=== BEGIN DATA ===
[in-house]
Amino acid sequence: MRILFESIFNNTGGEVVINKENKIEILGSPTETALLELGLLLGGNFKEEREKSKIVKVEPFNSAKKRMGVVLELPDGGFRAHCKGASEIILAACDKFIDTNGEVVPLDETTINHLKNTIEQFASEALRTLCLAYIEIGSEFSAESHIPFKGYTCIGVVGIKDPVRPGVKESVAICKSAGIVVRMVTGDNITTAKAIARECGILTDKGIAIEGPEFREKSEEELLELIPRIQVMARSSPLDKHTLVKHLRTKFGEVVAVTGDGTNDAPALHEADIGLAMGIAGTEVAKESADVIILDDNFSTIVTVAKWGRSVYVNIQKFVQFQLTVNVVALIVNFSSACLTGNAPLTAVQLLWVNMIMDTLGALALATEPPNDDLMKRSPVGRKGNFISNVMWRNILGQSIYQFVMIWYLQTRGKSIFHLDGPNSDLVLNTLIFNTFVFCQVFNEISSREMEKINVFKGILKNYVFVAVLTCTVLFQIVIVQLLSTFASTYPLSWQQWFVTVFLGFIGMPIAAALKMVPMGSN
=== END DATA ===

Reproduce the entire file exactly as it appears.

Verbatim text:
[in-house]
Amino acid sequence: MRILFESIFNNTGGEVVINKENKIEILGSPTETALLELGLLLGGNFKEEREKSKIVKVEPFNSAKKRMGVVLELPDGGFRAHCKGASEIILAACDKFIDTNGEVVPLDETTINHLKNTIEQFASEALRTLCLAYIEIGSEFSAESHIPFKGYTCIGVVGIKDPVRPGVKESVAICKSAGIVVRMVTGDNITTAKAIARECGILTDKGIAIEGPEFREKSEEELLELIPRIQVMARSSPLDKHTLVKHLRTKFGEVVAVTGDGTNDAPALHEADIGLAMGIAGTEVAKESADVIILDDNFSTIVTVAKWGRSVYVNIQKFVQFQLTVNVVALIVNFSSACLTGNAPLTAVQLLWVNMIMDTLGALALATEPPNDDLMKRSPVGRKGNFISNVMWRNILGQSIYQFVMIWYLQTRGKSIFHLDGPNSDLVLNTLIFNTFVFCQVFNEISSREMEKINVFKGILKNYVFVAVLTCTVLFQIVIVQLLSTFASTYPLSWQQWFVTVFLGFIGMPIAAALKMVPMGSN